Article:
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​A drinker’s guide to Porto

Aimee Hartley visits the vibrant, Portuguese town of Porto to discover what the locals drink beyond what the city is most famed for — port.

One of the oldest cities in Europe and a UNESCO world heritage site, Porto is steeped in a rich, cultural history. It is also the birthplace of port — a sweet, fortified wine (and terrifically British tipple) made and aged in a variety of styles varying from the nutty, butterscotch hallmarks of a 10 or 20-year-old Tawny to the fruit driven, sumptuous nature of Late Bottled Vintage Ports.

But beyond the traditional port houses such as Taylor’s and Ferreira whose caves still flank the Douro River that divides the city, there is another story to tell about the drinks that fill the local’s glasses. 

Espumante // Breakfast wine

There is nothing like a glass of fizz and a Pastel De Nata (also known as a Portuguese custard tart) to kick-start a day of ‘sightseeing’ (also known as eating and drinking). Whilst Espumante is produced in Vinho Verde, the Douro and to the south of Alentejo, it is in Bairrada that the best quality bubbles can be found. Here, the wines are made using the same traditional method that is employed to make Champagne. Keep an eye out for ‘Bairrada DOC’ on the label and stop by Porto’s only sparkling wine bar, Champanheria da Baixa, to sample some of the best.

Vinho Verde // Lunchtime Companion

As Porto marks where the River Douro meets the Atlantic Ocean, it comes as no surprise that the cities restaurant menus are teaming with delicious seafood, from clams drenched in butter, parsley and white wine (Amêijoas à Bulhão Pato) to red snapper charred on the outdoor grills of fish restaurants in the neighbouring fishing town of Matosinhos. Vinho Verde, a low alcohol style of white wine from Portugal’s biggest and most Northerly winemaking region bearing the same name, is known for its fresh, zesty character and is the drink of choice to wash it all down with. ‘Verde’, meaning ‘green’, is a reference to the wine’s youth, and the fact it is bottled early (typically 3-6 months after harvest) sometimes giving a refreshing sherbet-like fizz on the finish. Keep your eyes peeled too for red Vinho Verde which tends to be more on the rustic side and similar to a dry Lambrusco — the perfect match for the infamous pork and sheep’s cheese sandwich found at Casa Guedes in downtown Porto.

Favaios // Afternoon Tipple

As we sip on our afternoon coffee in Cafe Candelabra, one of Porto’s oldest but coolest drinking spots, we notice the bartender fixing himself an afternoon treat. The nectar in question, we find out, is called Favaios - like Port, it is a sweet, fortified wine, but made from Moscatel grapes which gives it a super fragrant and floral quality that makes it (far too) easily quaffable. He tells us that at Candelabra, served neat on ice, it is the bartenders afternoon drink of choice, bridging the gap between lunch and dinner. Once seen by locals as ‘something your grandma’ would drink, Favaios it seems has fallen back into fashion with a younger crowd. Once the evening arrives at Candelabra, the drink evolves into what the team dub a ‘Favaisky’ - a 60ml measure of Favaios topped with a 5-10ml whiskey float (Jamesons), which adds a subtle smokiness that offsets the sweetness of the fruit.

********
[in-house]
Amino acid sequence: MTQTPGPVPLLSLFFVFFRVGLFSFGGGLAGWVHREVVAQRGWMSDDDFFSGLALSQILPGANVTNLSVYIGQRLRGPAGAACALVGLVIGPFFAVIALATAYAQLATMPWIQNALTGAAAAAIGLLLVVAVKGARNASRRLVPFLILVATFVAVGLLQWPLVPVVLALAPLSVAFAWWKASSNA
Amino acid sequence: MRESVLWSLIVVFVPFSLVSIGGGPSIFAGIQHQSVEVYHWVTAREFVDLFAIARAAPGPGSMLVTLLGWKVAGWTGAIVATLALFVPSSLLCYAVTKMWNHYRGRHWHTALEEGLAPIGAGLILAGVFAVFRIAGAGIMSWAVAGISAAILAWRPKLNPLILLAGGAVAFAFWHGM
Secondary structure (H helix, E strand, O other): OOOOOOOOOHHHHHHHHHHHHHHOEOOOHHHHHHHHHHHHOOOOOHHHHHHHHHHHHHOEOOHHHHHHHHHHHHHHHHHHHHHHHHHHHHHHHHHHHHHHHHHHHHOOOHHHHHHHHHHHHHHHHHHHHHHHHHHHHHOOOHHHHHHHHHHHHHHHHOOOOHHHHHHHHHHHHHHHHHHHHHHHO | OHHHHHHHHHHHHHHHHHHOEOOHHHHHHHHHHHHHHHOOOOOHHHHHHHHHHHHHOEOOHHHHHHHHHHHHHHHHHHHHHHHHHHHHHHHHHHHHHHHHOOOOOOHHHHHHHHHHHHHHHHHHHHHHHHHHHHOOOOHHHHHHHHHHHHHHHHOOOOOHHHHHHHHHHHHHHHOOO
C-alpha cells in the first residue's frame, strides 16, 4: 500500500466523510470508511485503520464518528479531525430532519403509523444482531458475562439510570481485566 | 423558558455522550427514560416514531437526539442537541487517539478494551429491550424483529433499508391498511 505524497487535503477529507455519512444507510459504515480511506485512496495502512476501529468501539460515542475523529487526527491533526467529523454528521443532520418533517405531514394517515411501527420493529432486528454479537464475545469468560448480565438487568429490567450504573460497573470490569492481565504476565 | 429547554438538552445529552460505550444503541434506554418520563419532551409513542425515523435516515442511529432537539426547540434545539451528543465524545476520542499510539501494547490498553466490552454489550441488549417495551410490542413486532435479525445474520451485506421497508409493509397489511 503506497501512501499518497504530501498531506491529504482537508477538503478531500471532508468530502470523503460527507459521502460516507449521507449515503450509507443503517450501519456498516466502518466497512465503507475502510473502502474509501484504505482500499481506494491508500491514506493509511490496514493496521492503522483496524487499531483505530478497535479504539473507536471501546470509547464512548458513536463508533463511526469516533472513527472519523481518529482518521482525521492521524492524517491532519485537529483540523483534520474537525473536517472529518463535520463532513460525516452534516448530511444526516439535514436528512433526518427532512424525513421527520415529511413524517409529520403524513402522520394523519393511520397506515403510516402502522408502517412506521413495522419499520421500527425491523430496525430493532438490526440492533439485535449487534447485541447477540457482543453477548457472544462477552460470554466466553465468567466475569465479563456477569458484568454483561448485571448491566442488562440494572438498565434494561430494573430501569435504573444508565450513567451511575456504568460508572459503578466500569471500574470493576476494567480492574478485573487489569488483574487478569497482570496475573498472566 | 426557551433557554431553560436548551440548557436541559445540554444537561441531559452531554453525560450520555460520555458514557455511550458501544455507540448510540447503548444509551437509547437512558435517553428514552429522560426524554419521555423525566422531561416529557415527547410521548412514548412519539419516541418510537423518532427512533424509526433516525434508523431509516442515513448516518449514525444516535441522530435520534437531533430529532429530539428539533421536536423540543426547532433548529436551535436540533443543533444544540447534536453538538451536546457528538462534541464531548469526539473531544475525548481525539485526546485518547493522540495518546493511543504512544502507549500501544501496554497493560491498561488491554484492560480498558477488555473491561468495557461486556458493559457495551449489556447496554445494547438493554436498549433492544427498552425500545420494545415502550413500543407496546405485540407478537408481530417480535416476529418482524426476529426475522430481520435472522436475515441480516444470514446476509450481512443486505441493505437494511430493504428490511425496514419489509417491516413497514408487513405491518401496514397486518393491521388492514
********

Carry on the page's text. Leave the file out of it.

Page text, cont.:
White Port & Tonic // Into the Night

If you’re looking for a drink to carry you into the night, White Port and Tonic is your weapon of choice. Whilst it is also fortified, White Port is a very different proposition from its red counterparts and is made from local white grape varieties such as Malvasia or Rabigato that give it a more delicate and floral character. The exact ingredients of the drink can vary depending on the bar, but the general rule of thumb is a 90ml pour of Dry White Port  on ice, a twist of orange (mint and lemon are also used as substitutes), with a bottle of tonic water given to the drinker to top up at their leisure. Visit the Yeatman Hotel in Porto for a twist on the classic:

Ingredients:

1 ounce Taylor’s Chip Dry white port extra dry (in the U.S., try Fonseca Siroco Extra Dry)

2 ounces Fever Tree tonic

Mint or lemon, to garnish or taste

Directions:

1. Fill ample rocks glass with ice, white port and tonic.

2. Add mint or a twist of lemon as garnish, or more to taste.